Update: You can use the following registry script to automate this process – just copy/paste the code block below into a text file called “Add Consolas to CMD.reg” and run it:
Windows Registry Editor Version 5.00
If you’d like to use an alternative console font for CMD.exe in Windows, check out the scoop from Microsoft Support on how to set it up…
The fonts must meet the following criteria to be available in a command session window:
The font must be a fixed-pitch font.
The font cannot be an italic font.
The font cannot have a negative A or C space.
If it is a TrueType font, it must be FF_MODERN.
If it is not a TrueType font, it must be OEM_CHARSET.
Additional criteria for Asian installations:
If it is not a TrueType font, the face name must be “Terminal.”
If it is an Asian TrueType font, it must also be an Asian character set.
In Windows 2000, the installation of Console Fonts is no longer automated. This was done to give the console window greater stability in multilanguage environments. An unsupported work around is available by adding the following font specific entry:
Add a String Value
Data= “Font Name” (without “”)
Droid Sans Mono:
Straight from the Android SDK comes the Droid Sans Mono font, which is quite similar to the DejaVu Sans Mono font listed above. You can grab this from the Android SDK download, or you can get it directly from the damieng blog here: Droid Sans Mono great coding font
Finally! This problem was bugging me for so long – I just now thought to research it and found this article. Very helpful!
Prevent Startup Programs from Running Twice in Windows XP
A way to solve the problem of programs in the Startup folder being executed twice on Windows XP logon. The applications may appear doubled in msconfig.
Under Windows XP, programs placed in the Start MenuProgramsStartup folder may be running twice. This occurs even though only one shortcut or icon for each program appears in the Startup folder when viewed through Windows Explorer. When you use msconfig (Startup tab) or autoruns (Logon tab) to inspect the Startup listings, they appear twice. Unchecking one or both disables the program from running at all.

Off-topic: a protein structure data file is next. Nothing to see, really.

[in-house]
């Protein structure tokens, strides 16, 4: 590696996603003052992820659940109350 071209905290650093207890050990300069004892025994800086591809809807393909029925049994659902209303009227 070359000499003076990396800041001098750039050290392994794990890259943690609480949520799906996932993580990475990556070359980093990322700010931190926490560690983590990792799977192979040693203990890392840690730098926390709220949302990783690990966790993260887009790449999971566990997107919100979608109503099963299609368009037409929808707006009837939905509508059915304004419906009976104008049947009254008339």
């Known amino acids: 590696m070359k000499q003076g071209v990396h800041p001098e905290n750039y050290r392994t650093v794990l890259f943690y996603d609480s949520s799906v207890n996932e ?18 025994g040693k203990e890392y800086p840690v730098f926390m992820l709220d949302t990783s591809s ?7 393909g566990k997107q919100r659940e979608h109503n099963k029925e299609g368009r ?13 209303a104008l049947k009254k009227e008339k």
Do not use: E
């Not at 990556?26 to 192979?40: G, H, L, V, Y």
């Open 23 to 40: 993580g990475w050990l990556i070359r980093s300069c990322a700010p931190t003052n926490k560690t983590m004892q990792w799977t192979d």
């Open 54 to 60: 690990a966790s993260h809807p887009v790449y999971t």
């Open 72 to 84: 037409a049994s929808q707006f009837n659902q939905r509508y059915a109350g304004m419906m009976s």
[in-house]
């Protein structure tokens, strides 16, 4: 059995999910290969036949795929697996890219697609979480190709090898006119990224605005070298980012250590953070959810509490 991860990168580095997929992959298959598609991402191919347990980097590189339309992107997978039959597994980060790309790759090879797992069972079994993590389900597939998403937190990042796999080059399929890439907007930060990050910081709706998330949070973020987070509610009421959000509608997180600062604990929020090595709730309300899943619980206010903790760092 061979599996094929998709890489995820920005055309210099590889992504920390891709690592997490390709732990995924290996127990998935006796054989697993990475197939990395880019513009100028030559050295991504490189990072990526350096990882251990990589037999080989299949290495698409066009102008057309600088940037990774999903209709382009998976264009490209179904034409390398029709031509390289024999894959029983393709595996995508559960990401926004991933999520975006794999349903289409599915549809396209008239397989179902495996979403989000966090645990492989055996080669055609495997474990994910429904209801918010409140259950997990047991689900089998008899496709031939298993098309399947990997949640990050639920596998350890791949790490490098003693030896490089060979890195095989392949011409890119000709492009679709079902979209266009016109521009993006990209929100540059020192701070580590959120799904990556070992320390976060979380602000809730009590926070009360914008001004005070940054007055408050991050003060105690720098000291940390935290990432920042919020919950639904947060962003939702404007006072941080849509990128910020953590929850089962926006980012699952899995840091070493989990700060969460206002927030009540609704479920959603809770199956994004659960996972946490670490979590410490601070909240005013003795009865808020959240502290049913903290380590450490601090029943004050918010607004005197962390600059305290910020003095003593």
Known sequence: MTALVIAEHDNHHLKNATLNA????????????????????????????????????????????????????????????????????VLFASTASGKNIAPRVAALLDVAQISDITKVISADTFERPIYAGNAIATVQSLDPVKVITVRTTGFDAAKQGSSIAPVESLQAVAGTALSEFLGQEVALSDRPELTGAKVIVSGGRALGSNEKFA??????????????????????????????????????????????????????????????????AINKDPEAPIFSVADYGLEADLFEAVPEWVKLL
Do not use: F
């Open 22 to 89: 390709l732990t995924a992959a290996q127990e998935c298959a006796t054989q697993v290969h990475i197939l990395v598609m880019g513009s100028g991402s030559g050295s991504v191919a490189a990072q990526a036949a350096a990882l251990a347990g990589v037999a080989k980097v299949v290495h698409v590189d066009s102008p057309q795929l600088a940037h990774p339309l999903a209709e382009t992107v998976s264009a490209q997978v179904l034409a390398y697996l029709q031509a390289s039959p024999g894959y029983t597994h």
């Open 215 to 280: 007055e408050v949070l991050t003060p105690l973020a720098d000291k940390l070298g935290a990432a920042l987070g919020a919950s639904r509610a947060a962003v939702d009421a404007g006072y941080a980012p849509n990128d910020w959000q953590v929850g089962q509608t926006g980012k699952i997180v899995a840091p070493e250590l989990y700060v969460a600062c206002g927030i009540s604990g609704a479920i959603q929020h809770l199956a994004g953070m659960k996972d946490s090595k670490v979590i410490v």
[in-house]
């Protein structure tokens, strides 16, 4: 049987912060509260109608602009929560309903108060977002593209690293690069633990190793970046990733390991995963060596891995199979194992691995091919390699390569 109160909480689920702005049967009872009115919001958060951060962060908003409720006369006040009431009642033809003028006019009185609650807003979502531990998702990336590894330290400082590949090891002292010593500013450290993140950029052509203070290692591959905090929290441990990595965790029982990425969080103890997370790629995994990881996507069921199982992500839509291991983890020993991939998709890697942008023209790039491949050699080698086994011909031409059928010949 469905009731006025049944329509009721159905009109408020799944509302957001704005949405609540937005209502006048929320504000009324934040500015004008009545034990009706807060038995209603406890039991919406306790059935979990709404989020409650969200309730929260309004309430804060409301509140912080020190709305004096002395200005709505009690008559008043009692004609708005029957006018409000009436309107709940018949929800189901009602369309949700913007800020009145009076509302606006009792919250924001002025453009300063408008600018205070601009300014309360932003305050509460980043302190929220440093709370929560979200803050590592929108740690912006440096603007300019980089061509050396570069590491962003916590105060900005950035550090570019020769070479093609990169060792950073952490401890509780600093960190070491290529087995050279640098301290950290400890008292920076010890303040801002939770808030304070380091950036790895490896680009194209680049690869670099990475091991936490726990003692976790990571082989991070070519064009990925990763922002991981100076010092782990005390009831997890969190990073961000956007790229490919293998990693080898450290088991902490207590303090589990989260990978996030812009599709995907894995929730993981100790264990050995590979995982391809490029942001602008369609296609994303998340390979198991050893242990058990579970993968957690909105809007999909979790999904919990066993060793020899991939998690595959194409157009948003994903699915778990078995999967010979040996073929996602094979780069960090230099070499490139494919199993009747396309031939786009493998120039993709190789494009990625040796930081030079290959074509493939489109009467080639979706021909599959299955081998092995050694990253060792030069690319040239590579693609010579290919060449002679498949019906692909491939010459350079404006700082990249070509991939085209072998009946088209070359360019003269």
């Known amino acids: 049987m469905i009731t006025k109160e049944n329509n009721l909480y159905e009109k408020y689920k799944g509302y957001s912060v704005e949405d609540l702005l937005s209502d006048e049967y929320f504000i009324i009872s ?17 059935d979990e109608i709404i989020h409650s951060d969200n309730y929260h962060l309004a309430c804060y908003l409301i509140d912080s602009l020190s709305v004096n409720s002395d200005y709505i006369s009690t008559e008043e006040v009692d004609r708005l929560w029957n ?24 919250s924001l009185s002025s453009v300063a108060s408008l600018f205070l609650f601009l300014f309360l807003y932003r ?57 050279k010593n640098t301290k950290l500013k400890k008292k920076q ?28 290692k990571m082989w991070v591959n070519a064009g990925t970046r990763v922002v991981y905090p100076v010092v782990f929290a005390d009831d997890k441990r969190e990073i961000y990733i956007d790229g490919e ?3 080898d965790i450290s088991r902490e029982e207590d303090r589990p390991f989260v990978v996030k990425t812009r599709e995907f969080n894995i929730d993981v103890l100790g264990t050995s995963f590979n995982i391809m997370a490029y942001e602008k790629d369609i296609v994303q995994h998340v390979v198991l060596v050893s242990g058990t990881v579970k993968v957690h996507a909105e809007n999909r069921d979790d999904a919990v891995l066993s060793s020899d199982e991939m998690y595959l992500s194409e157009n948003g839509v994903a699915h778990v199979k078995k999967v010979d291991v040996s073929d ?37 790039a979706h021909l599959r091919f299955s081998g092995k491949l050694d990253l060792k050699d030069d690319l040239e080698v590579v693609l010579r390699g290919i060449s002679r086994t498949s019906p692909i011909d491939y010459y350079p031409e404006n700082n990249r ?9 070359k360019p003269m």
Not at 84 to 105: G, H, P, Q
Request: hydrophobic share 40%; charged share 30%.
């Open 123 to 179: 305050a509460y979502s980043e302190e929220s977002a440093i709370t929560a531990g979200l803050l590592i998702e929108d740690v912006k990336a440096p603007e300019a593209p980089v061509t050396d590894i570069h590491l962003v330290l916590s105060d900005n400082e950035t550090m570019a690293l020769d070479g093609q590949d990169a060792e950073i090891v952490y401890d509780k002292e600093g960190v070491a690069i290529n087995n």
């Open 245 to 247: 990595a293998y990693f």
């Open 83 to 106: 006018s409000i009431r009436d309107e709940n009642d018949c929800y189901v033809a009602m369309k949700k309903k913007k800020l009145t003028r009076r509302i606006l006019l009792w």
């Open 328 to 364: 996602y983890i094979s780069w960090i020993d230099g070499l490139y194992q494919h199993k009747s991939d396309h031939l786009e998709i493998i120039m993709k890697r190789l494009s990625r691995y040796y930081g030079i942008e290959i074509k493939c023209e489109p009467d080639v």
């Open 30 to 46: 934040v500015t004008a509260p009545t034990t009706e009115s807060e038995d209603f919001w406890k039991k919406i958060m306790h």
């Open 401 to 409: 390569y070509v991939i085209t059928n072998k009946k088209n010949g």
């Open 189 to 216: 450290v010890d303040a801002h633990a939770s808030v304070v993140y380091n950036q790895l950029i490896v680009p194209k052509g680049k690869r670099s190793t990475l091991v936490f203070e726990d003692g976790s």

This situation can occur if the user-specific Startup folder is deleted from the user’s profile. When that happens, Windows looks for user-specific startup programs in the All Users startup folder instead. This causes doubling, because the programs from the All Users startup folder are executed once for All Users and again for the current user.
I know that most of us Linux [users] usually cringe whenever we need to *god forbid* use a Microsoft WIndows machine. So we created applications like Wine in an effort minimize the contact with that horrid machine. With Wine a big percentage of Windows only apps could run on Linux, which more or less takes Windows out of the equation and lets us interact directly with our favorite App. Another solution of course would be installing Windows on a virtual machine.
But running an app on a virtual machine doesn’t eliminate Windows from the equation. Right? So I will show you now how to run Windows apps 100% seamlessly on Ubuntu.
These are fixed-width fonts converted to TTF and FON format from the original X11 sources. You will recognize them as the default xterm fonts; they are widely used. They are especially useful for console apps. We programmers can’t live without them
The main problem you’ll encounter is that, some of them being FON files, they are not usable in all Windows programs. This has been a big issue for a long time but recently I added some Windows TTF format that work really well. They even work in Macintosh
If you’re not a fan of Firefox 3’s large back button, you don’t have to wrangle with CSS or themes to adjust its size. Simply right-click on Firefox’s toolbar, and choose Customize. In the dialog box, select “Use small icons”—and voila! Your back button will be the same size as reload.
I’ve been using RocketDock for quite some time, and I’m always on the hunt for great looking dock icons compatible with it (Or MobyDock, ObjectDock, RK Launcher, Y’z Dock, etc.). Luckily, I’ve stumbled across some pretty sweet picks lately and thought I’d share. 🙂
This little tool is awesome. It’s like the eyedropper in Photoshop, except that it works on any pixel of your screen and gives you the hex code for the color in your clipboard. Very cool!
How it works
Move the mouse pointer to the Instant Eyedropper icon in the system tray.
Press and hold the left mouse button and move the mouse pointer to the pixel whose color you want to identify.
Release the mouse button.
That’s it. The clipboard now contains the color code – in HTML format (or any other format that you have previously specified). It can be pasted and used in any text or HTML editor or the Color Picker tool of Photoshop.